In Carousel (1956), the film adaptation of the classic Rodgers & Hammerstein stage musical, Deacon had a bit role as the policeman who admonishes Shirley Jones (Julie) and John Dehner (Mr. Bascombe) about Gordon MacRae (Billy Bigelow) in the famous "bench scene". It was one of the few films in which he did not wear glasses, as were his roles in Abbott and Costello Meet the Mummy (1955), and the 1954 costumer Désirée, where he played Jean Simmons' elder brother, an 18th-century Marseilles silk merchant. Philadelphia-native Deacon played the role of Morton Stearnes' butler, George Archibald, whose courtroom testimony is a turning point in The Young Philadelphians (1959), starring Paul Newman. He played an imbibing Justice of the Peace, Reverend Zaron, in the classic 1957 Budd Boetticher-directed western Decision at Sundown.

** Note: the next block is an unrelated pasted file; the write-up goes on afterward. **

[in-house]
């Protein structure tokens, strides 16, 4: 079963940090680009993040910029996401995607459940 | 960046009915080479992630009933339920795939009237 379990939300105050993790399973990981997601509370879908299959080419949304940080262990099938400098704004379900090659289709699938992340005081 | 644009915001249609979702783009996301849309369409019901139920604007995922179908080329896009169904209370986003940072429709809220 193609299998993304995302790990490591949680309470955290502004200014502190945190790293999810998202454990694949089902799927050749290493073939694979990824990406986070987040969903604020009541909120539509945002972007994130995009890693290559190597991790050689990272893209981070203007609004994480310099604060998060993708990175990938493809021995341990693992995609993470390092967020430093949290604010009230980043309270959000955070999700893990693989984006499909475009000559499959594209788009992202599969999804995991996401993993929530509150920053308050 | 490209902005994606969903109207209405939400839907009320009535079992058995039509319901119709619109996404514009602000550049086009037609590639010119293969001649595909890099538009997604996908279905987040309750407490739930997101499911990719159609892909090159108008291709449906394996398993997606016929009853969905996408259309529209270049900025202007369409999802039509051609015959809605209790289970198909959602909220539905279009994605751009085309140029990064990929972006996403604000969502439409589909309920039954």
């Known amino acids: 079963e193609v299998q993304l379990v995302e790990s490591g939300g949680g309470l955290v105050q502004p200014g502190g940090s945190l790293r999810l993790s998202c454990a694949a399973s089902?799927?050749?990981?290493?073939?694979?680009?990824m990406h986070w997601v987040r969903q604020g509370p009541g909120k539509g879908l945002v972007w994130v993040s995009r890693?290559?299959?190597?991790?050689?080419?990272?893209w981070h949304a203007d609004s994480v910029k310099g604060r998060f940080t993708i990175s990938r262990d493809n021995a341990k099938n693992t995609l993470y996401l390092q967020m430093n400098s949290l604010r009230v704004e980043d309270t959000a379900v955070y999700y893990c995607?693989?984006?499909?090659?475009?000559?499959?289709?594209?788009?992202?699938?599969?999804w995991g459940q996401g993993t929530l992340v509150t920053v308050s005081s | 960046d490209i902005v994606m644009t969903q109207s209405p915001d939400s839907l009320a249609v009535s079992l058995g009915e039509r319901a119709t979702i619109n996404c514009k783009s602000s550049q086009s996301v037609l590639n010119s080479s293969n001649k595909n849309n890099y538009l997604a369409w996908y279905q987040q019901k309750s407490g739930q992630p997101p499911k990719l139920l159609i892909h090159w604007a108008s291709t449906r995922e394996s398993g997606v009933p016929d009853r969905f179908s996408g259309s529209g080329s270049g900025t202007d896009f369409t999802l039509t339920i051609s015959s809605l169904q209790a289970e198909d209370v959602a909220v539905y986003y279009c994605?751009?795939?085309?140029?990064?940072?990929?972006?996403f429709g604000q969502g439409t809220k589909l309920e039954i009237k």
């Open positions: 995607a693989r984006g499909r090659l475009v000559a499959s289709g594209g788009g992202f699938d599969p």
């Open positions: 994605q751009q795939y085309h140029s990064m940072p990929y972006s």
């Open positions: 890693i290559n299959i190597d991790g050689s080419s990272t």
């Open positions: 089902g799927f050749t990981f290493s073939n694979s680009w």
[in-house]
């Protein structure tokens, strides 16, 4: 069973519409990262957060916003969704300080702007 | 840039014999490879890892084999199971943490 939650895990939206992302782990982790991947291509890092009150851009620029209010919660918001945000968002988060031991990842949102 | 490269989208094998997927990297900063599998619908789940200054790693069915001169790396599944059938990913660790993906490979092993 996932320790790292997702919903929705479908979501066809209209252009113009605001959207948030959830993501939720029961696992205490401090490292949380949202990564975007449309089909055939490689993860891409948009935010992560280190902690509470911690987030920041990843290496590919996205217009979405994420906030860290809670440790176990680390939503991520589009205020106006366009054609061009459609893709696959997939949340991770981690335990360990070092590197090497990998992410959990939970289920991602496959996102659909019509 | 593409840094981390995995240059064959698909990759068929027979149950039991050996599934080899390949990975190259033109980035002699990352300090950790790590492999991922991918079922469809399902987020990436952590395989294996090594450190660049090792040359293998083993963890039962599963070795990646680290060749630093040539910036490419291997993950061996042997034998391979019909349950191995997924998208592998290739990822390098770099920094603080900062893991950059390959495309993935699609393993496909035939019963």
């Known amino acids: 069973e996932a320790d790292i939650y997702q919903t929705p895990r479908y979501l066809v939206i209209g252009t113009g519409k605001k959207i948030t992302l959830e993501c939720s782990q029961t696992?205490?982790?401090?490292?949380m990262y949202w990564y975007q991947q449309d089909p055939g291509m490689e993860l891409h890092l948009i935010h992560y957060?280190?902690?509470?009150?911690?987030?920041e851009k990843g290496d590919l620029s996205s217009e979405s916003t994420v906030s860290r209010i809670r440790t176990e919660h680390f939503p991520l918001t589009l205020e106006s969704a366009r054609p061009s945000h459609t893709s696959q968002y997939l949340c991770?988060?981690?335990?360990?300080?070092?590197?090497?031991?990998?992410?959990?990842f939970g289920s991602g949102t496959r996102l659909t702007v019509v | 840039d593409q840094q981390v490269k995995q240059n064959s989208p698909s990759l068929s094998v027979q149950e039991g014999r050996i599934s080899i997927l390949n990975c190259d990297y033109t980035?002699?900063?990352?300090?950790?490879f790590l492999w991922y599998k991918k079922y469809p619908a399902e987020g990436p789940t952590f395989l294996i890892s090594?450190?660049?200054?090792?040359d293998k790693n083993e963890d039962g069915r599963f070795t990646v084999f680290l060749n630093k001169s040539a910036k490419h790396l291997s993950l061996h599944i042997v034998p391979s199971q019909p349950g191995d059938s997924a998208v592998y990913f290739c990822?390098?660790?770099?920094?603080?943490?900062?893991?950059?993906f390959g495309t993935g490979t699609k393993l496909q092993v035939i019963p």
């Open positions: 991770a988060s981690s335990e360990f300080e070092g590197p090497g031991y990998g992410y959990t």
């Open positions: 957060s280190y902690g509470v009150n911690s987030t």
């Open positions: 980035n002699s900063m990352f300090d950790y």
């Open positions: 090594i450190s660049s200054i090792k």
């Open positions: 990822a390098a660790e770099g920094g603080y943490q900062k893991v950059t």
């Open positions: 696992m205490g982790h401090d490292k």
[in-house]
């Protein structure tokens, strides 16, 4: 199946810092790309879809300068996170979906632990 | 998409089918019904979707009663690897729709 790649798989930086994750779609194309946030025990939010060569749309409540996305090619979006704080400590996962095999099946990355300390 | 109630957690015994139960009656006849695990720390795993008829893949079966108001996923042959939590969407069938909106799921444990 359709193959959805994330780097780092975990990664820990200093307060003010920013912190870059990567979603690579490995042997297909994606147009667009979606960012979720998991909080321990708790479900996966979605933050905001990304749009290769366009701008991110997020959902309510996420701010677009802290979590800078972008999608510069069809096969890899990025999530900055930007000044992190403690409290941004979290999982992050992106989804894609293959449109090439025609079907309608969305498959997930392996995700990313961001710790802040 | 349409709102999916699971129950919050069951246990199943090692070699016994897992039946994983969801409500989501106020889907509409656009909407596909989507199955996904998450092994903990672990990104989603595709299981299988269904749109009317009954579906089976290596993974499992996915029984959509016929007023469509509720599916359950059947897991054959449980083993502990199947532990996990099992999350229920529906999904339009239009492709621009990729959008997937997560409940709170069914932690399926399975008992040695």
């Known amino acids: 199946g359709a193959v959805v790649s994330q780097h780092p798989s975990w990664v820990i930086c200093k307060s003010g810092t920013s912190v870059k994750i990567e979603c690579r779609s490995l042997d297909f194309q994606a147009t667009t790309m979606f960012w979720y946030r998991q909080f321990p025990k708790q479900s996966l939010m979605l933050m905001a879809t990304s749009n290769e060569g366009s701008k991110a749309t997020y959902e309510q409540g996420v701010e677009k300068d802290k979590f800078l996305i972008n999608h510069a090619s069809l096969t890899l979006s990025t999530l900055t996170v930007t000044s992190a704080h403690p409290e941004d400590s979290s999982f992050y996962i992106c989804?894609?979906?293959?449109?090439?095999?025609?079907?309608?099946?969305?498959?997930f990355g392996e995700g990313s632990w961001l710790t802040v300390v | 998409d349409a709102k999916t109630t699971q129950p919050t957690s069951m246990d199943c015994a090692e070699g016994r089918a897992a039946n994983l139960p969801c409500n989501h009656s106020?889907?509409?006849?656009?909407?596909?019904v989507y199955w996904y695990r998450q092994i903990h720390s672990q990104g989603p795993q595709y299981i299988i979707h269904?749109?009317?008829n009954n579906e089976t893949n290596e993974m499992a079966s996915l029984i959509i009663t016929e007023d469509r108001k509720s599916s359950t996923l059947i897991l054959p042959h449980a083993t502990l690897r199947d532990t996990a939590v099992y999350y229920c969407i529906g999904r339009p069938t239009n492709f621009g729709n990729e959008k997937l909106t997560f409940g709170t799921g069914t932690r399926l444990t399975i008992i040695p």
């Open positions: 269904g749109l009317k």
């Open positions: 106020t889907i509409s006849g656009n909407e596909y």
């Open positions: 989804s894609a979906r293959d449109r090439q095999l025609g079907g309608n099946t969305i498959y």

Deacon appeared in many sitcoms, including It's a Great Life, The People's Choice, How to Marry a Millionaire, Guestward, Ho!, Pete and Gladys, The Donna Reed Show, The Real McCoys (in the episode "The Tax Man Cometh", he clashes with series star Walter Brennan as Grandpa Amos McCoy over property tax assessments in the San Fernando Valley), Get Smart, Bonanza (a deceitful character who cheats the Cartwrights during their visit to San Francisco), and The Rifleman (episode "The Hangman", in an uncredited role). In episode 5 of the first 1964 season of The Munsters, "Pike's Pique", he plays a Water District Commissioner, Mr. Pike, buying the underground right to lay pipe. In The Addams Family, he administers Cousin Itt a battery of psychological tests in the May 1965 episode "Cousin Itt and the Vocational Counselor".[4] In 1966, he appeared on Phyllis Diller's short-lived television sitcom, The Pruitts of Southampton.[5] He also guest starred in the NBC family drama National Velvet, and in the ABC/Warner Bros. crime drama Bourbon Street Beat, and played Mr. Whipple on The Twilight Zone in the 1964 episode "The Brain Center at Whipple's". In 1967, Deacon played Ralph Yarby, director of security for lumber baron D.J. Mulrooney, in Disney's The Gnome-Mobile. In 1968, he played Dean Wheaton in the Walt Disney film Blackbeard's Ghost. He also was an occasional panelist in the 1970s/early 1980s versions of Match Game.